Psychobiotics: What Do We Know and Where Do We Go?


Review authors discuss current knowledge regarding psychobiotics and identify questions for future research.

Can supplementing the diet with probiotic (beneficial) bacteria affect psychological outcomes? The authors of a review recently published in Trends in Neurosciences discuss the current knowledge of psychobiotics (probiotics that affect gut-brain signaling) and identify outstanding questions for future research. Although the authors are optimistic about the therapeutic potential of psychobiotics, they caution that research to date has provided little evidence that psychobiotic supplements provide clear benefits.

Psychobiotics are “probiotics that, when ingested in appropriate quantities, yield positive psychiatric effects in psychopathology,” write the authors. In the review, the term psychobiotics encompasses both probiotics and prebiotics (substances that facilitate the growth of beneficial bacteria). The authors suggest that the definition be further expanded to include anything that exerts a microbiome-mediated effect on the brain.

Studies in rodents and humans have shown that probiotics such as bifidobacteria and lactobacilli affect emotional responses, inflammatory mediators, and neurotransmitter function. “Those studies give us confidence that gut bacteria are playing a causal role in very important biological processes, which we can then hope to exploit with psychobiotics,” said study author Philip Burnet, PhD (Department of Psychiatry, University of Oxford, United Kingdom), in a news release. “We're now on the search for mechanisms, mainly in animal models.”

Fewer studies have explored the psychophysiological functions of prebiotics. The existing prebiotic studies focus mainly on galacto-and fructooligosaccharides, nutrition sources for bifidobacteria and lactobacilli. Published reports indicate that prebiotics lower the waking cortisol response in humans and increase expression of brain-derived neurotropic factor in rats.

Although researchers have identified some of the pathways by which psychobiotics affect the brain, the mechanisms are still not fully understood, say the review authors. “A crucial step in developing knowledge of the mechanisms lies in investigating how the microbiome and the brain communicate with one another,” they write. The intestinal microbiota has previously been shown to modulate development of the enteric nervous system. The vagus nerve, satiety hormones, and the immune system (via bacterial effects on cytokines and glucocorticoids) may also be involved in communication along the gut-brain axis, the network that connects the gastrointestinal tract, enteric nervous system, and brain.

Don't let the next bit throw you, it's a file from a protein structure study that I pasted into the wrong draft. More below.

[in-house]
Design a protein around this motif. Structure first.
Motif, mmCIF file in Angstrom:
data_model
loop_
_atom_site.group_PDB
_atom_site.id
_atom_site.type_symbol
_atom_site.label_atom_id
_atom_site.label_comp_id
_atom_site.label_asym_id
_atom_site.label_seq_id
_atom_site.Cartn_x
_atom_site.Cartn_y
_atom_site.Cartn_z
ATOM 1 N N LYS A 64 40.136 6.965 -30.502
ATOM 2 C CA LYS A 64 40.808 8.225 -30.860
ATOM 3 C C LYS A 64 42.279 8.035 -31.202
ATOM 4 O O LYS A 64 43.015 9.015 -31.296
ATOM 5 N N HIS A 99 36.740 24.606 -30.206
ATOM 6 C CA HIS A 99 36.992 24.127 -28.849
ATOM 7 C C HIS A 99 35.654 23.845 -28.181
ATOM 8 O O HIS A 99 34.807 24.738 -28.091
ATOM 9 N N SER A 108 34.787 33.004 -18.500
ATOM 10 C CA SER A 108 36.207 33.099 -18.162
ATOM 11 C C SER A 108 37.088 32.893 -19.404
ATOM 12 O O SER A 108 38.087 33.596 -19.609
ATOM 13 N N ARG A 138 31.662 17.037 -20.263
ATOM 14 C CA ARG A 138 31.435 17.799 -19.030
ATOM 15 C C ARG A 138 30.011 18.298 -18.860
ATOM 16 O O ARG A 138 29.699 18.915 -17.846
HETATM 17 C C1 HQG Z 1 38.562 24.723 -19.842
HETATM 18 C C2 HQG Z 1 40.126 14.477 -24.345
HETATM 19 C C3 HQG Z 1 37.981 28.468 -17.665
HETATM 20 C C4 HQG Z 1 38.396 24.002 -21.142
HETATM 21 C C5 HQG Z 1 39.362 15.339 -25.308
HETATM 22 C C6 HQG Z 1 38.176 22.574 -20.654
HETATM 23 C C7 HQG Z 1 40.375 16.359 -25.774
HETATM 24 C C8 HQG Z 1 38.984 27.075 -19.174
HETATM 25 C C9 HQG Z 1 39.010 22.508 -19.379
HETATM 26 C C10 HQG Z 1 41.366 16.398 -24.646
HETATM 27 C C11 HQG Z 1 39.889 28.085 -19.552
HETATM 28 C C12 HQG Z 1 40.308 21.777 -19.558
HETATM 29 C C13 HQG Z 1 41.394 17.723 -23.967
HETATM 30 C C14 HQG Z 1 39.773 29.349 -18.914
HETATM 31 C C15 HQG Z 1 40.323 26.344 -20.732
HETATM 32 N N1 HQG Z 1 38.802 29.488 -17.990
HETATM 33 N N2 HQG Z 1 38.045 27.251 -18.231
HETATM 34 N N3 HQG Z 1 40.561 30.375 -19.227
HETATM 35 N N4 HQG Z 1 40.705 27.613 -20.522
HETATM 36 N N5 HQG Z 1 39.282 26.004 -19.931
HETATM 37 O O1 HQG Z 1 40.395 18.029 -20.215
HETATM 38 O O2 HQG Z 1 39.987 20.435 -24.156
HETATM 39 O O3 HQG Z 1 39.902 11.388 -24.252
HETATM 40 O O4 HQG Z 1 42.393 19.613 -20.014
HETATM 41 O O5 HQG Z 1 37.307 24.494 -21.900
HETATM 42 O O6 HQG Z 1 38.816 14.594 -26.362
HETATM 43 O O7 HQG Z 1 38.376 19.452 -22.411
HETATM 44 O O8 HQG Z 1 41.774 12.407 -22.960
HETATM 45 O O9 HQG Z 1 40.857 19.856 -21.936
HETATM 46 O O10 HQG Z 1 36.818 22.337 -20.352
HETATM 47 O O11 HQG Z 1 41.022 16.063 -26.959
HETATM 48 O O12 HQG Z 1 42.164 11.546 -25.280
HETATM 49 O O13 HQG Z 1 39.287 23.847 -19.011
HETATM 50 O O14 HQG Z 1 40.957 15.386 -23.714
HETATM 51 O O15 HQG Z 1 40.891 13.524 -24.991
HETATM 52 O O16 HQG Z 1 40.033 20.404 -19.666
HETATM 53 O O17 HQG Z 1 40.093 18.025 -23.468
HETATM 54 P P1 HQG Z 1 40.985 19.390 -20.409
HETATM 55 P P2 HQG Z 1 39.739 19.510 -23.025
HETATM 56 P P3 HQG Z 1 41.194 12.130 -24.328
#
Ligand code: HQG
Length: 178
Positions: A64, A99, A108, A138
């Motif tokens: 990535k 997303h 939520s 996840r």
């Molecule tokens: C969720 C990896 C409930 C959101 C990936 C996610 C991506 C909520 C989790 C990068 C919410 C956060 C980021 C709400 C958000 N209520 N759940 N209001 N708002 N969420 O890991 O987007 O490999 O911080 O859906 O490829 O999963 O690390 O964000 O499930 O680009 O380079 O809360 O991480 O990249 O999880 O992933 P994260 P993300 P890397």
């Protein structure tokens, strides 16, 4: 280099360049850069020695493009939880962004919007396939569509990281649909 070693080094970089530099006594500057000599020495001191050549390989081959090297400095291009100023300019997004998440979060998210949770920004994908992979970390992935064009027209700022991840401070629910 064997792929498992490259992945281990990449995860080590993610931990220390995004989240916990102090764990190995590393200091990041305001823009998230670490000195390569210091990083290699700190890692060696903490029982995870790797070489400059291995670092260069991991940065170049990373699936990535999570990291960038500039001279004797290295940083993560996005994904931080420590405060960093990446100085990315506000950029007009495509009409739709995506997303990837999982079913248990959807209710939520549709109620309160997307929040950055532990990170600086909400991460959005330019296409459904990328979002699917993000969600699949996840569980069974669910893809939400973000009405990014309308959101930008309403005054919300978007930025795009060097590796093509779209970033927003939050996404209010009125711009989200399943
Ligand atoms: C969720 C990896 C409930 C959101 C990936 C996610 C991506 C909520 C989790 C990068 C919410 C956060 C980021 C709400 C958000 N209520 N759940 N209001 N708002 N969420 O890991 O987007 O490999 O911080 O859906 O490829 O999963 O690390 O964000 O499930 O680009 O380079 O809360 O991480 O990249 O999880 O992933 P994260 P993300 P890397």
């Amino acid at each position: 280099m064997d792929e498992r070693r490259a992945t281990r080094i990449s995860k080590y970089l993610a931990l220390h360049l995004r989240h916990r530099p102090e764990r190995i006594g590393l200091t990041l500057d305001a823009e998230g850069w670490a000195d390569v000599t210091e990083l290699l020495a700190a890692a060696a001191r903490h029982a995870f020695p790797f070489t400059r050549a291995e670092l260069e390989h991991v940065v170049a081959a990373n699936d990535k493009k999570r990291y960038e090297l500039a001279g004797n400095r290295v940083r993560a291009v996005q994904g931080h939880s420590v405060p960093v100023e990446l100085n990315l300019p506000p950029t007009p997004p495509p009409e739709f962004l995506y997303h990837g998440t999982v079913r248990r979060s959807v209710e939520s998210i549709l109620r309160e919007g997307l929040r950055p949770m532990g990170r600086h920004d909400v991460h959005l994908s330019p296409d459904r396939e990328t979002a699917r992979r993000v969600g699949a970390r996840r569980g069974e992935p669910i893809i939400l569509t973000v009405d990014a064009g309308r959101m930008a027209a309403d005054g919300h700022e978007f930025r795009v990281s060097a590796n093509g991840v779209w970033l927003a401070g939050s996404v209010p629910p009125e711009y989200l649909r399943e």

Prebiotics and probiotics are not the only substances that affect the gut-brain axis, say the authors. Antipsychotic and antibiotic medications, for example, can affect the composition of the intestinal flora, causing neurochemical effects. “We call for an even further widening of the definition of ‘psychobiotics’ to include drugs such as antidepressants and antipsychotics, and activities such as exercise and eating, because of their effects on gut bacteria,” says Burnet.

The idea of manipulating the gut microbiome to improve psychiatric outcomes is compelling, but current supporting evidence is scant. The authors of a 2015 systematic review of psychobiotics wrote that “there is very limited evidence for the efficacy of probiotic interventions in psychological outcomes,” concluding that “more trials are necessary before any inferences can be made about the efficacy of probiotics in mental health applications.”

More research into how psychobiotic substances work is needed, says Burnet. The review authors identify several topics for further investigation, including the following:

  • Do psychobiotics change the composition of the gut microbiome?
  • Do the effects of psychobiotics depend on the dose or the patient’s age?
  • What is the time of onset of clinical effects after psychobiotic administration?
  • What long-term changes do psychobiotics produce in the nervous system?
  • Do psychobiotics improve cognitive performance?
  • What are the adverse effects and drug interactions of psychobiotics?
  • Why do different strains of probiotics cause different effects?
  • Which patient characteristics and other factors moderate psychobiotic effects?

Exploring these topics could open a path for future development of psychobiotics, write the authors. For now, the health benefits of psychobiotic supplements are not clear.

Dr. Laurie Anne Walden received her doctorate in veterinary medicine from North Carolina State University. After an internship in small animal medicine and surgery at Auburn University, she returned to North Carolina, where she has been in small animal primary care practice for over 20 years. Dr. Walden is also a board-certified editor in the life sciences and owner of Walden Medical Writing, LLC. She works as a full-time freelance medical writer and editor and continues to see patients a few days each month.

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